This album has disappointed many DT fans who have known Dream Theater’s sound from Images and Words. But despite (or because of) the heavier riffs and louder volume, Awake expanded DT’s repertoire and proved that the progressive metal genre is indeed progressive.
It took me really a hard time before I appreciated fully this second album effort. However, listening to “Innocence Faded” made to reconsider the general opinion. Yes, “6:00” (or maybe even “Caught in a Web” are rather disappointing, but the “A Mind Beside Itself Trilogy Suite: “Erotomania”, “Voices”, “The Silent Man”) is a masterpiece. It is musically diverse, even hard-rocking at some moments, and mind-blogging (ever had an idea who is The Silent Man? give me some answers!) “Scarred”, on the other hand, is angriest DT song to date. “Space Dye Vest” is heartbreaking, and it is not even a love song. To all emo fans, this song is an ear candy, the best song to motivate oneself to get that razor from the cabinet. Labrie again showed an exemplary performance. Myung and Petrucci stepped up and showed us their hidden arsenal in the songs “Lifting Shadows Off a Shadow” and “Lie”.
“Lifting Shadows Off a Dream” is my favorite. The mellow-ness of the song is punctuated by an odd groove towards the end of the song. Too hard to explain. All in all, “Awake” is one of the highlights of DTs career.
To say that Falling Into Infinity is meant to be a more commercial album is to say enough. But I would go on to say more. Songwriting was a bit lousy, and it is very evident that there is an attempt to make every track more ‘commercial’. “Anna Lee” is a true-blue ballad, and I consider it very good for radio song. “Take Away My Pain” and “Hollow Years” are boring to death. “Peruvian Skies” tried to like a more sellable Metallica song. And the list goes on. Of course, despite this, there are still gems like “New Millenium,” “Lines in the Sand,” and “Trial of Tears.” However, compared to the general epic-ness of their previous albums, “Falling Into Infinity” is without doubt an all-time low.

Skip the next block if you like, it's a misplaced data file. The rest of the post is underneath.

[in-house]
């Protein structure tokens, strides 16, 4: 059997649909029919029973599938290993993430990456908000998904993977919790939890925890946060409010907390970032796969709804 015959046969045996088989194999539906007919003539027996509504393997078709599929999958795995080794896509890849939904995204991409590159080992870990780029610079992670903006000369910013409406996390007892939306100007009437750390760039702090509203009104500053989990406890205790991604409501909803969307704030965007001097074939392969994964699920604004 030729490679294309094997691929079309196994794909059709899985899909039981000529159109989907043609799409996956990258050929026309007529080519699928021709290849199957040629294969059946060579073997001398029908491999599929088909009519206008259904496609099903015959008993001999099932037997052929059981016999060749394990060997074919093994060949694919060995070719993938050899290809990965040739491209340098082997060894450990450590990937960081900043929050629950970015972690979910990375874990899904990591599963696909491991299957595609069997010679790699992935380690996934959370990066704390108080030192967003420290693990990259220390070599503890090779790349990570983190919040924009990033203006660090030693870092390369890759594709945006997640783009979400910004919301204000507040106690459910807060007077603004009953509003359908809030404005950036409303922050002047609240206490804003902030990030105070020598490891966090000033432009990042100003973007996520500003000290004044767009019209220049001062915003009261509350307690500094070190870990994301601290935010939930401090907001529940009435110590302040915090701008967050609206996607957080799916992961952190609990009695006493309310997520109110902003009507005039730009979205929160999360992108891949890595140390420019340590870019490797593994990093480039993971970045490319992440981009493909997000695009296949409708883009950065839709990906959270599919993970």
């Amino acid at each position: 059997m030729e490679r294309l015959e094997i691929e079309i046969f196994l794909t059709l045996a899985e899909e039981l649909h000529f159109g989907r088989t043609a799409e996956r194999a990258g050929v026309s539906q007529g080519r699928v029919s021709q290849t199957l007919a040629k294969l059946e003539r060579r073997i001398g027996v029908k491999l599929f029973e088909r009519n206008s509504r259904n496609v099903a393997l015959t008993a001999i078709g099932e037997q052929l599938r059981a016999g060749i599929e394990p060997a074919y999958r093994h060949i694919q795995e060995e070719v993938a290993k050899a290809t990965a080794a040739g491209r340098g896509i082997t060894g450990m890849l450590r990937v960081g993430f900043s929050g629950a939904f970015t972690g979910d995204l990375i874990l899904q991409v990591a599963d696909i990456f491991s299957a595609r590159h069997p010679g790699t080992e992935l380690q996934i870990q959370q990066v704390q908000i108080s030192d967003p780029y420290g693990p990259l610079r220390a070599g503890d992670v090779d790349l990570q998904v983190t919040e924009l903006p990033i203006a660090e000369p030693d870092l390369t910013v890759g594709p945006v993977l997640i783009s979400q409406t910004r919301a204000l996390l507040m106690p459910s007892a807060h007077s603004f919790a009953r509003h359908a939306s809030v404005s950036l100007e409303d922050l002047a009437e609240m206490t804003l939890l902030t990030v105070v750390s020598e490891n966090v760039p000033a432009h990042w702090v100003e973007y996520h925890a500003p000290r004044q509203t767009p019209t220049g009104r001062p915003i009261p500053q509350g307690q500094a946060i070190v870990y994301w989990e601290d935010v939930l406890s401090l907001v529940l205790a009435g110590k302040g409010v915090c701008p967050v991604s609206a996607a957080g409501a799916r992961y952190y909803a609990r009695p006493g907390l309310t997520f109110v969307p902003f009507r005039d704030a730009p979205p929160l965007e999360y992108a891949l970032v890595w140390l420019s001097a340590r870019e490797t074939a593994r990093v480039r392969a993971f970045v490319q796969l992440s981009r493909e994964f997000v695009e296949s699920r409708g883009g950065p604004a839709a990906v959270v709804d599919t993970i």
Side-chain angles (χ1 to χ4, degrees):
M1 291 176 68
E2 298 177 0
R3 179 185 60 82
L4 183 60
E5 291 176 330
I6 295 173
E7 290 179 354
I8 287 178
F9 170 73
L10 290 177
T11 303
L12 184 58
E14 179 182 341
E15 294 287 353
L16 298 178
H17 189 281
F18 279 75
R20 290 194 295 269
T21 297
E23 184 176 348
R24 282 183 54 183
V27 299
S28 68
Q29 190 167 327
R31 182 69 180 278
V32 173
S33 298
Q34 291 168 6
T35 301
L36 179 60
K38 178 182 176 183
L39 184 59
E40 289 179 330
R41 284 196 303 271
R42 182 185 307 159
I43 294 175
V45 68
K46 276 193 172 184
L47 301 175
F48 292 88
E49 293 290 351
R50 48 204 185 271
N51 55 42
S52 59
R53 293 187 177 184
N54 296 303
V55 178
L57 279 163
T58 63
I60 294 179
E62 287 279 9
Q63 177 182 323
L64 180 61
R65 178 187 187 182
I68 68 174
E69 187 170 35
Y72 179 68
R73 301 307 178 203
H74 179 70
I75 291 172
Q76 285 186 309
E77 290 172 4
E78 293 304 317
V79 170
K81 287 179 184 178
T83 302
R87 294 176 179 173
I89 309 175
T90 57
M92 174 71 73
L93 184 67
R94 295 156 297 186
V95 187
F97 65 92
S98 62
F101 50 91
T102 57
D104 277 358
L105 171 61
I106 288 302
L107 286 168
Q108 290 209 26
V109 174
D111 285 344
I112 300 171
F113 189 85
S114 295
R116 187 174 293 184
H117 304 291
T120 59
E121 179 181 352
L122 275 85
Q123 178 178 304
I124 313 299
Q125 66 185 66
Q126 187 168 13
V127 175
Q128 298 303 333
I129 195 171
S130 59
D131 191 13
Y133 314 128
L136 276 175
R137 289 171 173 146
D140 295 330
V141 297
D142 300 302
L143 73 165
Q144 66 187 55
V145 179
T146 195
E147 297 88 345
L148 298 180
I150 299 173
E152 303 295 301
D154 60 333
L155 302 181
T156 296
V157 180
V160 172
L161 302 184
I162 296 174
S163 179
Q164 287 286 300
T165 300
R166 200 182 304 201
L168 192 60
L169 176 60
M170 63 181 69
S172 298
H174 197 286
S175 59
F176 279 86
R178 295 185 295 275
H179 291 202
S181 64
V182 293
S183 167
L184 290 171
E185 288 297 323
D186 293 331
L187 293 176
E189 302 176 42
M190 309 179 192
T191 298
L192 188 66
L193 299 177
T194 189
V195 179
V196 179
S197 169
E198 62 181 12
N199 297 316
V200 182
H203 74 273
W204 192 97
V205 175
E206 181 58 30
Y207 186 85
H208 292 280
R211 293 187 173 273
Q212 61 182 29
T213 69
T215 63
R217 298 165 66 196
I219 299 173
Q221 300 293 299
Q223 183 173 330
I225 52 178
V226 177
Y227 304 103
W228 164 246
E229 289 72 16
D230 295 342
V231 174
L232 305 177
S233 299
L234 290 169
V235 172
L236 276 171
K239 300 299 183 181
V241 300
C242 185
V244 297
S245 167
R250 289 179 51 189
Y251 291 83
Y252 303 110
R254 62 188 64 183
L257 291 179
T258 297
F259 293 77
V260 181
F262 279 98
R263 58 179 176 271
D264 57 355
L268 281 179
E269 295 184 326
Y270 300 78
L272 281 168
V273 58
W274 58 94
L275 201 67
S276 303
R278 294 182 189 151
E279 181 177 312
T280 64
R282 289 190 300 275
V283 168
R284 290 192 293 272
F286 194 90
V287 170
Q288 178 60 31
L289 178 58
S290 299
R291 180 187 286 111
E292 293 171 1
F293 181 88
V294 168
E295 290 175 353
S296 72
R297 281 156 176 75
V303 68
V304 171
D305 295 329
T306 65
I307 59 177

A musically colossal concept album in the likes of The Who’s Tommy and Quadrophrenia, Scenes from a Memory is considered by many as DT’s masterpiece. And why not? For me, this is certainly one of the most sonically diverse albums from them. Coming from the ear-fuck song “Metropolis Part” from Images and Words, this album seeks to elucidate the vague story of The Miracle and The Sleeper. And eventually they came to an interesting storyline.